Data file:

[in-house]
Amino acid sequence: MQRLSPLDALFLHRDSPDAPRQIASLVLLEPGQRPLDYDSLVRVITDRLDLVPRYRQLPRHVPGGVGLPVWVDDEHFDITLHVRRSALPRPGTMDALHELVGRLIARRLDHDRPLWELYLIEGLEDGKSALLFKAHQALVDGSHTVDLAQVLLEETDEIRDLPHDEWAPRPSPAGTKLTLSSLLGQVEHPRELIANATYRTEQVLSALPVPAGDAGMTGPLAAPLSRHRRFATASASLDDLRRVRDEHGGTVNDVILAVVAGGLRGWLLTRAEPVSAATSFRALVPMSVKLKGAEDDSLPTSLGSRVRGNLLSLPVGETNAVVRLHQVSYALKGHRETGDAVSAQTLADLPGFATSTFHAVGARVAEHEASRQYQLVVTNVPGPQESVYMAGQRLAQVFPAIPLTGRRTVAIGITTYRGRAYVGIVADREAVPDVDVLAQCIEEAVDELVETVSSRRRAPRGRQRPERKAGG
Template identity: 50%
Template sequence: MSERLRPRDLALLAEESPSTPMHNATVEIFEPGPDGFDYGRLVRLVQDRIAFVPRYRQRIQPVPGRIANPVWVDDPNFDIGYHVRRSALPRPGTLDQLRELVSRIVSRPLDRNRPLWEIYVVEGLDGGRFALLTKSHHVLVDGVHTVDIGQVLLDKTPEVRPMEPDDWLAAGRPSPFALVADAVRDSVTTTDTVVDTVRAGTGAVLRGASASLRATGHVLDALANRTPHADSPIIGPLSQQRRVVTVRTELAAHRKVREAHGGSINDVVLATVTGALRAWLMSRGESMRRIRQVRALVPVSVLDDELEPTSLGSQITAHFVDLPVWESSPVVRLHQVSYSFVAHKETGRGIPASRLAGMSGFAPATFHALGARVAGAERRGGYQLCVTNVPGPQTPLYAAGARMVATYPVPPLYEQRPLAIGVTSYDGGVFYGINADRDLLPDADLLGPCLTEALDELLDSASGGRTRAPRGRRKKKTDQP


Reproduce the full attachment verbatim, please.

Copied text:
[in-house]
Amino acid sequence: MQRLSPLDALFLHRDSPDAPRQIASLVLLEPGQRPLDYDSLVRVITDRLDLVPRYRQLPRHVPGGVGLPVWVDDEHFDITLHVRRSALPRPGTMDALHELVGRLIARRLDHDRPLWELYLIEGLEDGKSALLFKAHQALVDGSHTVDLAQVLLEETDEIRDLPHDEWAPRPSPAGTKLTLSSLLGQVEHPRELIANATYRTEQVLSALPVPAGDAGMTGPLAAPLSRHRRFATASASLDDLRRVRDEHGGTVNDVILAVVAGGLRGWLLTRAEPVSAATSFRALVPMSVKLKGAEDDSLPTSLGSRVRGNLLSLPVGETNAVVRLHQVSYALKGHRETGDAVSAQTLADLPGFATSTFHAVGARVAEHEASRQYQLVVTNVPGPQESVYMAGQRLAQVFPAIPLTGRRTVAIGITTYRGRAYVGIVADREAVPDVDVLAQCIEEAVDELVETVSSRRRAPRGRQRPERKAGG
Template identity: 50%
Template sequence: MSERLRPRDLALLAEESPSTPMHNATVEIFEPGPDGFDYGRLVRLVQDRIAFVPRYRQRIQPVPGRIANPVWVDDPNFDIGYHVRRSALPRPGTLDQLRELVSRIVSRPLDRNRPLWEIYVVEGLDGGRFALLTKSHHVLVDGVHTVDIGQVLLDKTPEVRPMEPDDWLAAGRPSPFALVADAVRDSVTTTDTVVDTVRAGTGAVLRGASASLRATGHVLDALANRTPHADSPIIGPLSQQRRVVTVRTELAAHRKVREAHGGSINDVVLATVTGALRAWLMSRGESMRRIRQVRALVPVSVLDDELEPTSLGSQITAHFVDLPVWESSPVVRLHQVSYSFVAHKETGRGIPASRLAGMSGFAPATFHALGARVAGAERRGGYQLCVTNVPGPQTPLYAAGARMVATYPVPPLYEQRPLAIGVTSYDGGVFYGINADRDLLPDADLLGPCLTEALDELLDSASGGRTRAPRGRRKKKTDQP